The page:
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repetitive strain injuryA work-related injury caused by overuse of a particular musculoskeletal group to perform a task that is repeated hundreds to thousands of times in day-to-day work; repetitive motion injury affects workers in the textile industry, meat-packers, keyboard operators and others.
o·ver·use syn·drome(ō'vĕr-yūs sin'drōm)
Injury caused by accumulated microtraumatic stress placed on a structure or body area.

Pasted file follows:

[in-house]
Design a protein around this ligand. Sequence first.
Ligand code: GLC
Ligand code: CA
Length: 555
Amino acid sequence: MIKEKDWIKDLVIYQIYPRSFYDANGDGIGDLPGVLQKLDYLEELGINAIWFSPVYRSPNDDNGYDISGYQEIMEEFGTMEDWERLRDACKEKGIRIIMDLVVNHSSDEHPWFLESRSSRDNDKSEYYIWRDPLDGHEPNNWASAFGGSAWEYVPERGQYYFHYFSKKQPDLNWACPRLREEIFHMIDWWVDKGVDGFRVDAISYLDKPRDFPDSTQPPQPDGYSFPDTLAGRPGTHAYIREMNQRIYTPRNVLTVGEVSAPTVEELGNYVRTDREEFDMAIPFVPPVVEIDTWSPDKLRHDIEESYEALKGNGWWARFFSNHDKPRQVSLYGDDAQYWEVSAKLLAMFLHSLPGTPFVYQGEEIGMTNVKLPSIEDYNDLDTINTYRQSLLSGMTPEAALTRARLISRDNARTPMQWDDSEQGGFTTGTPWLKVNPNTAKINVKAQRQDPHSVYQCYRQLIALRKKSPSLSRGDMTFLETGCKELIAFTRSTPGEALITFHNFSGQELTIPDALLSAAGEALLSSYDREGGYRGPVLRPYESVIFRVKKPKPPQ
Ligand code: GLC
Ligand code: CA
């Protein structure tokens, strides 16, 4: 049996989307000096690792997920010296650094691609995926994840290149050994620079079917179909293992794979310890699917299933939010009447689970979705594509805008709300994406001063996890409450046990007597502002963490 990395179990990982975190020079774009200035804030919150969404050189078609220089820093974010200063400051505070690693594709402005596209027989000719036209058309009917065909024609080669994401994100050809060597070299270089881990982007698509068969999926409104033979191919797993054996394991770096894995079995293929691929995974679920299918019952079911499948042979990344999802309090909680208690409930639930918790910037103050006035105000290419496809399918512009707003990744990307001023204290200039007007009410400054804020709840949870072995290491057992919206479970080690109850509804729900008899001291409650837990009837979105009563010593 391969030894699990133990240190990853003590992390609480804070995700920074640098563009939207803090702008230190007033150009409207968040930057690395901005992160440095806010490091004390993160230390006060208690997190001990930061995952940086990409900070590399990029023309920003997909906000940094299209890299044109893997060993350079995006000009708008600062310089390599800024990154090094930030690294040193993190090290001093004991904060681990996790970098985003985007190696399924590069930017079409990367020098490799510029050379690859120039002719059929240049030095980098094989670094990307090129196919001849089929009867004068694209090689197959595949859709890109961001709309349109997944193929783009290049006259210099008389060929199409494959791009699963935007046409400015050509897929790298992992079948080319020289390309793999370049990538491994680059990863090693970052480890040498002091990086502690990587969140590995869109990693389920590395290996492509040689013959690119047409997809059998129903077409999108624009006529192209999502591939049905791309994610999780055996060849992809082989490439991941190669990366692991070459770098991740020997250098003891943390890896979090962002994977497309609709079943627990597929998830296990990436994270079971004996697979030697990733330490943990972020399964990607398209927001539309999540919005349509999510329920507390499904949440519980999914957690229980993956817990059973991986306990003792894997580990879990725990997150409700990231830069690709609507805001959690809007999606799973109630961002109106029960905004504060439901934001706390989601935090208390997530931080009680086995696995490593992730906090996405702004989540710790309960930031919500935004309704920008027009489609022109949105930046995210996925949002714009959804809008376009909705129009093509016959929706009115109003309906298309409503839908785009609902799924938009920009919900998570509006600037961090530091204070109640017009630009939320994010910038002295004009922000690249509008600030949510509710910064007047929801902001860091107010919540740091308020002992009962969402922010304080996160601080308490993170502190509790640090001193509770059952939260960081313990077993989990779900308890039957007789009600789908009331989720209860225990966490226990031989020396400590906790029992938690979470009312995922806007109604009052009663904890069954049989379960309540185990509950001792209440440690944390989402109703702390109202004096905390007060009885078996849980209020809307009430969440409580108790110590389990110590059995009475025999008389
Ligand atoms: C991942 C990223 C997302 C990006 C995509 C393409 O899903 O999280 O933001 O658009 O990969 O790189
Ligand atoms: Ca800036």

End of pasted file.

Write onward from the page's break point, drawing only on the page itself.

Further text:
An injury that results from repetitive use or overuse of a part of the body or from external pressure or environmental conditions, that can affect bones, joints bursae, muscles, tendons, nerves or other anatomical structures. Resulting disorders include carpal tunnel syndrome, tenosynovitis, tendinitis, pronator syndrome, peritendinitis, thoracic outlet syndrome, and cervical syndrome. Treatment for these conditions involves flexibility and strengthening exercises; severe or recurrent cases may require immobilization or surgery. There is a growing awareness of the importance of prevention through education, task modification, and workplace design based on ergonomic principles. Synonym: cumulative trauma disorder; cumulative trauma syndrome; repetitive motion injury; repetitive strain injury See: ergonomics